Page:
- the bladder can hold up to 11 shots - so drink up!
You just learned more about pee than you ever thought you needed to know. You. Are. Welcome.
Jokes aside, you want the tips, so here they are...
Drink lots of water (you just spit out your coffee and yelled “what?!?!” didn’t you?)
It’s tempting to reduce the amount of water you drink, so you don’t end up somewhere with no access to the bathroom, this was one of my major issues, so I get it. Here’s the thing, when you don’t drink enough water your urine gets super concentrated ➜ this irritates your bladder ➜ signalling you that you need to go to the bathroom even if you’re only a quarter full.
Don’t believe me, count your stream?
Heel Pumps (no friggin’ way)
Urge incontinence is a tough one - it can come out of nowhere (sensitive bladder) and heel pumps has worked time and again for the women I work with because there’s a nerve that runs through the calf and lands beside the bladder.
Stand tall, feet hip distance apart, lift one heel with the ball of the foot on the floor (think high heels), and then switch - this works the calf muscle which stimulates the aforementioned nerve signalling the bladder that it's ok and to calm down.
Relax and breathe (relax? are you kidding? I need the bathroom now!)
When it comes to relaxing breath, I love the 4/6 breath. Breathe in to the count of 4, breathe out to the count of 6. When we make the out breath a little longer than the in breath we activate the parasympathetic nervous system (rest and digest system), which helps us relax.
Stop peeing just in case (“C’mon we’re leaving! Actually, let's all go pee, just in case.”)
Guilty… again. It's important to me that my toddler girls choose when they go to the bathroom - my three year old can go up to an hour after she wakes up without going to the bathroom… makes you wonder, are we conditioned to pee as soon as we wake up?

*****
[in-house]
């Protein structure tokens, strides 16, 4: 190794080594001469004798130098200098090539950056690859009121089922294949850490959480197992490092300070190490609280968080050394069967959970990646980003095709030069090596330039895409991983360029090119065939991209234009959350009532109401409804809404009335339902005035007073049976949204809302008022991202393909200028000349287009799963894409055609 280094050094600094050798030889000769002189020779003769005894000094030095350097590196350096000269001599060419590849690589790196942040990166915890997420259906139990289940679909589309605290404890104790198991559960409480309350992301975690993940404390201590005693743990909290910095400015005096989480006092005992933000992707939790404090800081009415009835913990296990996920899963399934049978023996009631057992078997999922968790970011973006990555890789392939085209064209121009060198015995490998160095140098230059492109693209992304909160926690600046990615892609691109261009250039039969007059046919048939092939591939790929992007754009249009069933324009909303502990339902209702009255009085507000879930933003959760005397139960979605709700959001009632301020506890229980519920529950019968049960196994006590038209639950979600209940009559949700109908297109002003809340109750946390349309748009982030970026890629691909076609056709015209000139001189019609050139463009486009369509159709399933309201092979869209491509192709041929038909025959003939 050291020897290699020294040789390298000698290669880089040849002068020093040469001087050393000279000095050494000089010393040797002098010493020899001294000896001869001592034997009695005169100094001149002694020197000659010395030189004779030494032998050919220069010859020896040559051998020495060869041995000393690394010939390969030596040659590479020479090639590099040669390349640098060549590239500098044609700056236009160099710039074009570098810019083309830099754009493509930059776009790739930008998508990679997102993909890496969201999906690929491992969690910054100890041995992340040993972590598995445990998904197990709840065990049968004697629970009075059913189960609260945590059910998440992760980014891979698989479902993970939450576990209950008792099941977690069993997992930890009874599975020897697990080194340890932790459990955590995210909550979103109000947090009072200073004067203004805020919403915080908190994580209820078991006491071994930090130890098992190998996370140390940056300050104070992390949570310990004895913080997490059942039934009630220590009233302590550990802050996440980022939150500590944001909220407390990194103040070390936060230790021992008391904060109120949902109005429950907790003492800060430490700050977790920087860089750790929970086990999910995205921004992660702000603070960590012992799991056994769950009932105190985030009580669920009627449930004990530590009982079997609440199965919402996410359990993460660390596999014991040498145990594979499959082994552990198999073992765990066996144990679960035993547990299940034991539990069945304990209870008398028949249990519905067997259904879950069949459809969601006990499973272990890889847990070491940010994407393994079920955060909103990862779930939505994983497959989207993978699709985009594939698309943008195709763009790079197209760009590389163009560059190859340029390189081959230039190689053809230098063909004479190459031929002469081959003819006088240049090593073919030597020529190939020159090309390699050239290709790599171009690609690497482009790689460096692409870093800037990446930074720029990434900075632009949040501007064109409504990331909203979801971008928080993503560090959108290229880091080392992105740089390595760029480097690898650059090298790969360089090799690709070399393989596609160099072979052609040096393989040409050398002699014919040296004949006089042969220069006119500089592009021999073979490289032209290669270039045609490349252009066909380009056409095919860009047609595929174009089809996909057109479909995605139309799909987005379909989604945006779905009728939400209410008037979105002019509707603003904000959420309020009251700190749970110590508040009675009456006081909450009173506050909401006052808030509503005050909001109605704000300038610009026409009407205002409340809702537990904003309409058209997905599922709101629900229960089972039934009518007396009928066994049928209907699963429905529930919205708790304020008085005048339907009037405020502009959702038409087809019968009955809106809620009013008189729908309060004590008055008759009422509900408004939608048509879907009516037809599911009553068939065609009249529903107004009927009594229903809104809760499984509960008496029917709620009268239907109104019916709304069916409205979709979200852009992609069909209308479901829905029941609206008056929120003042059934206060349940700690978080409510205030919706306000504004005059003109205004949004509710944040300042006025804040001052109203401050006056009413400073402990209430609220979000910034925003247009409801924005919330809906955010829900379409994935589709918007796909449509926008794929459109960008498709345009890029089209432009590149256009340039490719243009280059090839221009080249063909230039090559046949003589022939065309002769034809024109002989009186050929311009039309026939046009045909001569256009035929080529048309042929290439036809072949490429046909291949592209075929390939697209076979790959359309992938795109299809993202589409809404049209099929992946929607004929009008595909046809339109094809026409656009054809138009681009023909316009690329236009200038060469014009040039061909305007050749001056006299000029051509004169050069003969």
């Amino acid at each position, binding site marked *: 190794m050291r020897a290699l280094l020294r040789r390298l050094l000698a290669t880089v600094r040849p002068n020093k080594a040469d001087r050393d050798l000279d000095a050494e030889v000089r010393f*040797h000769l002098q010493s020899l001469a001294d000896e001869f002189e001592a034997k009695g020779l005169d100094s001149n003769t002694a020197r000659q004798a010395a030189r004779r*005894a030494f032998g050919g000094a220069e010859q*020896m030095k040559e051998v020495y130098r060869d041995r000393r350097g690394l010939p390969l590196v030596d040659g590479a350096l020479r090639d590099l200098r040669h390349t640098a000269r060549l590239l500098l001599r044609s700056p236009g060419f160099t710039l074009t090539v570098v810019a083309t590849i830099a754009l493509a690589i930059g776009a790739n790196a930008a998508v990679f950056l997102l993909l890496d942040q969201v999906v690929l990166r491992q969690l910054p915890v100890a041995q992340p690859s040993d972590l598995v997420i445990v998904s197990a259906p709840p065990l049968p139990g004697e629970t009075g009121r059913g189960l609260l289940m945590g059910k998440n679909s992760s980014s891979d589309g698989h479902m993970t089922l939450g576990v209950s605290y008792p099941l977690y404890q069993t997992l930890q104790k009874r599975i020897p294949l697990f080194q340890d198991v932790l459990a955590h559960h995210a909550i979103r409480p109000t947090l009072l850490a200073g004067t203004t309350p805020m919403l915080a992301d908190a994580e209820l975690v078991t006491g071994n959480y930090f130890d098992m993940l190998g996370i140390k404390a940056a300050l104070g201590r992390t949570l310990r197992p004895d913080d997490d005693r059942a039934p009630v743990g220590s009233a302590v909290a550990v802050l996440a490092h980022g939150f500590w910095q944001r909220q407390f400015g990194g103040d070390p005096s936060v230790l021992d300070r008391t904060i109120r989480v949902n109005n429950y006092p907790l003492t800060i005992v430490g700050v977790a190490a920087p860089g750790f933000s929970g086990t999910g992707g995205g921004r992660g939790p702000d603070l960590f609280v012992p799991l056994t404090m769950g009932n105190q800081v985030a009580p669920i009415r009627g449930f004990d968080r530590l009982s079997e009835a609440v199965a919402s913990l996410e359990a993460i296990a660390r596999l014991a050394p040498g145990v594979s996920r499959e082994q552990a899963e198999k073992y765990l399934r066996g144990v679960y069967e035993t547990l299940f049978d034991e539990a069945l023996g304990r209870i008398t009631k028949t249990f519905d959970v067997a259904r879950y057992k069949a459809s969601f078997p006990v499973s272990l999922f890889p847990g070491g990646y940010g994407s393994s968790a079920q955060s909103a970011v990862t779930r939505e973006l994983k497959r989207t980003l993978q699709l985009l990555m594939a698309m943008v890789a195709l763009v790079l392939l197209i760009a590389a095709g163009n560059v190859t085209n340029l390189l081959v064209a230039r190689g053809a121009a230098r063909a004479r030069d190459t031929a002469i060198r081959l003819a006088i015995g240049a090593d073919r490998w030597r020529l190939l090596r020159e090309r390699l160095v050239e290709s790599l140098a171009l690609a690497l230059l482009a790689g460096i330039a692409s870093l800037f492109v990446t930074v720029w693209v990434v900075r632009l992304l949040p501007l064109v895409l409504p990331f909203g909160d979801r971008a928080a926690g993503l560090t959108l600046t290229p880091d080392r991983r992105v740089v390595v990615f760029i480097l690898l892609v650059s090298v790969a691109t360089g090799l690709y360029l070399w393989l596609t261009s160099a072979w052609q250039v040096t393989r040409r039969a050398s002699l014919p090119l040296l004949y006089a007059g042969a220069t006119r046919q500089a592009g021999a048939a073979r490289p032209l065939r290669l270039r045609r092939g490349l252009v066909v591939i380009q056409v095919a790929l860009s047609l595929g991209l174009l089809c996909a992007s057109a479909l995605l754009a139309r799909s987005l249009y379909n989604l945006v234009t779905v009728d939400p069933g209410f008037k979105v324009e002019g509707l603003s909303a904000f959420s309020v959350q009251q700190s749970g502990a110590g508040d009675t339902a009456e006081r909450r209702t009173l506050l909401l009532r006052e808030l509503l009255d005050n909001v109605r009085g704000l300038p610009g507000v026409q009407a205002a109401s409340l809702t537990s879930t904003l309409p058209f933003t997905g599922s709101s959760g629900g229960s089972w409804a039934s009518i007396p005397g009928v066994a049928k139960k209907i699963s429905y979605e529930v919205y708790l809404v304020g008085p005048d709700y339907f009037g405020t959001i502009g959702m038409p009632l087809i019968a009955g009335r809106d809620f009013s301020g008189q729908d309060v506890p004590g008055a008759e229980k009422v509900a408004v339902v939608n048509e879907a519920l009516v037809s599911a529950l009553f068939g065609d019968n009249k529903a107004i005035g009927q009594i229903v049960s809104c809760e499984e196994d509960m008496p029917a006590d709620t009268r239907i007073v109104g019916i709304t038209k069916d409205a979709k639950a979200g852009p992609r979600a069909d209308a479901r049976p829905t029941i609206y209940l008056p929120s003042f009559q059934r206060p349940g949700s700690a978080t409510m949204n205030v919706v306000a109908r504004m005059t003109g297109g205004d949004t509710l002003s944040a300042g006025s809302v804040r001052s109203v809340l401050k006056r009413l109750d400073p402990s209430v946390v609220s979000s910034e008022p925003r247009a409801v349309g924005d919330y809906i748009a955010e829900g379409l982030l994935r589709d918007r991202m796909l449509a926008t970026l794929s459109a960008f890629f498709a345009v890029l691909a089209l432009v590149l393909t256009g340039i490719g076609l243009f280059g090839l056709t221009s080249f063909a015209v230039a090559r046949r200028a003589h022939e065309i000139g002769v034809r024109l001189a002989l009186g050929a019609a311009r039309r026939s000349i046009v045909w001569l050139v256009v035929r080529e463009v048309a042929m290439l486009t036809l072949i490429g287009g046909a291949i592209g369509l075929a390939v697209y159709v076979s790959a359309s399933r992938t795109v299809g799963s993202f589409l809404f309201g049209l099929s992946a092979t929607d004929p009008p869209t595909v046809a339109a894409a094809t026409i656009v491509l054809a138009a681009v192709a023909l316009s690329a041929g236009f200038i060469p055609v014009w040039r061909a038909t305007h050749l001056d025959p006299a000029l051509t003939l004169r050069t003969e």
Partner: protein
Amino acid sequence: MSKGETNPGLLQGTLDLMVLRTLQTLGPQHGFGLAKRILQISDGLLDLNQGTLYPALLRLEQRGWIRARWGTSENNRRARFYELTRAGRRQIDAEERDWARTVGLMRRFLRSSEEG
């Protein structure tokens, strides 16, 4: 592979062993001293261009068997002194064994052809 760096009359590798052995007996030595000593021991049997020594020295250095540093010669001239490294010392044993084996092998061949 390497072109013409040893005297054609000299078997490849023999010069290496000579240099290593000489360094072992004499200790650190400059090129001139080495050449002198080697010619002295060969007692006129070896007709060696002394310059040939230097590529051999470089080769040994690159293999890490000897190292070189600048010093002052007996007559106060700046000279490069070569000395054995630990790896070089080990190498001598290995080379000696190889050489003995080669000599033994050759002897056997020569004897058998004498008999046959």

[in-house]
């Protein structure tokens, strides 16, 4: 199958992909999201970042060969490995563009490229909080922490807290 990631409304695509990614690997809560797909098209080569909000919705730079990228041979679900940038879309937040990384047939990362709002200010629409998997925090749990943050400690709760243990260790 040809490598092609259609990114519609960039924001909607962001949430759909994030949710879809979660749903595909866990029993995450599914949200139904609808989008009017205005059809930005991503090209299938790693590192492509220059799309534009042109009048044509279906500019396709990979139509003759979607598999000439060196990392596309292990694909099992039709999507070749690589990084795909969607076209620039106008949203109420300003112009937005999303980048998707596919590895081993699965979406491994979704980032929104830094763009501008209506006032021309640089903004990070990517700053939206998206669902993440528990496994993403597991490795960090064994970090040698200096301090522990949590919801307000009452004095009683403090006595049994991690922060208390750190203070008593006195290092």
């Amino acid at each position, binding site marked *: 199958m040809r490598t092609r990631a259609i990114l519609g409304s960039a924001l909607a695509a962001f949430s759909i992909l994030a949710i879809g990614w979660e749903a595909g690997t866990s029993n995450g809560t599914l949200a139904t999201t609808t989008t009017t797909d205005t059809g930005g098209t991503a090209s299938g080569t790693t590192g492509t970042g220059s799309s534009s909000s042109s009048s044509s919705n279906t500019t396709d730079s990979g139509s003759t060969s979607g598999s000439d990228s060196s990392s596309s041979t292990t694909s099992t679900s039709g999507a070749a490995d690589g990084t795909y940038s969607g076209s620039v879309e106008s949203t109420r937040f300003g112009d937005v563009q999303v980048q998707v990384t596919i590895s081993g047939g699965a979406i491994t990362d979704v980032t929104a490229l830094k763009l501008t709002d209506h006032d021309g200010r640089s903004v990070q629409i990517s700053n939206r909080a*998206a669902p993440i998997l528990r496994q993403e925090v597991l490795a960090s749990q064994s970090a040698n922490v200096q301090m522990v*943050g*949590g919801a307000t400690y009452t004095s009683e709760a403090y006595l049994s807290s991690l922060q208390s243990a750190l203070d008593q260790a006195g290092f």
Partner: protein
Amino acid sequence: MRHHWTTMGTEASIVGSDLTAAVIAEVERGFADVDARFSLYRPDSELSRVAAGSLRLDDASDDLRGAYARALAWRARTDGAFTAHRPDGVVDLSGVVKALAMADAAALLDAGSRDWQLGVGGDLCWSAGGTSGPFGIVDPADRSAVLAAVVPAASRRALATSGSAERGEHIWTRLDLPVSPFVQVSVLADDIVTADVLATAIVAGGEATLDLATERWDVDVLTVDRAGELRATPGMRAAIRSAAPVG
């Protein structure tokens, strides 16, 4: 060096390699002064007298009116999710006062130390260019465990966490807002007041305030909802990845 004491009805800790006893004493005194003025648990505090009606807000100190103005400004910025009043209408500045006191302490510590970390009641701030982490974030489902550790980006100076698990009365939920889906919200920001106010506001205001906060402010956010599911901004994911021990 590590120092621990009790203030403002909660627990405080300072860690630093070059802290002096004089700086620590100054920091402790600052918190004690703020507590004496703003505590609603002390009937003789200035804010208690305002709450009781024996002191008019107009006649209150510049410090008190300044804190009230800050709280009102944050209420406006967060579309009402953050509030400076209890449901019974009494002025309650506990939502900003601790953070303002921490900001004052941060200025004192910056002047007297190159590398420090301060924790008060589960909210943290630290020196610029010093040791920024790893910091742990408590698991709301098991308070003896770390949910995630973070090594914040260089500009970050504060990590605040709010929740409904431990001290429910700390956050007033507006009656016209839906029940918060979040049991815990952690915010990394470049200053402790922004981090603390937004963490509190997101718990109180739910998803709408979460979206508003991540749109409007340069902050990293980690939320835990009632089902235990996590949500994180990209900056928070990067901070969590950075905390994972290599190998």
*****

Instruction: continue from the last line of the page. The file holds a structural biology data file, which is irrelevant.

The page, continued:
There’s a good chance that this one’s been engrained in you for longer than you can remember. But it’s time to start trying to take charge with baby steps. I’m not telling you to hold it until you burst, but try leaving the house and going a short distance where upon arrival there’s a bathroom readily accessible.
The big KEGEL question. You’re gonna be wondering, so let’s address it… briefly.
Kegels are great, for the right person, but often they can do more harm than good, and you won’t really know unless you’re assessed by a pelvic floor physiotherapist/physical therapist.
- you might not need kegels, because your pelvic floor may be too tense - kegels would make your symptoms worse
- chances are you’re doing them wrong
- yes, a kegel feels like stopping the flow of urine, but you don’t want to do this as part of your kegel exercise, you’ll end up with a nasty habit of actually stopping the flow of urine, before you're actually fully empty.
With the right exercises and strategies, you may never need a kegel again, thats why I created the Not Your Mama’s Kegels Online Program, the doors are open now, and will be closing on Friday, February 28, 2020.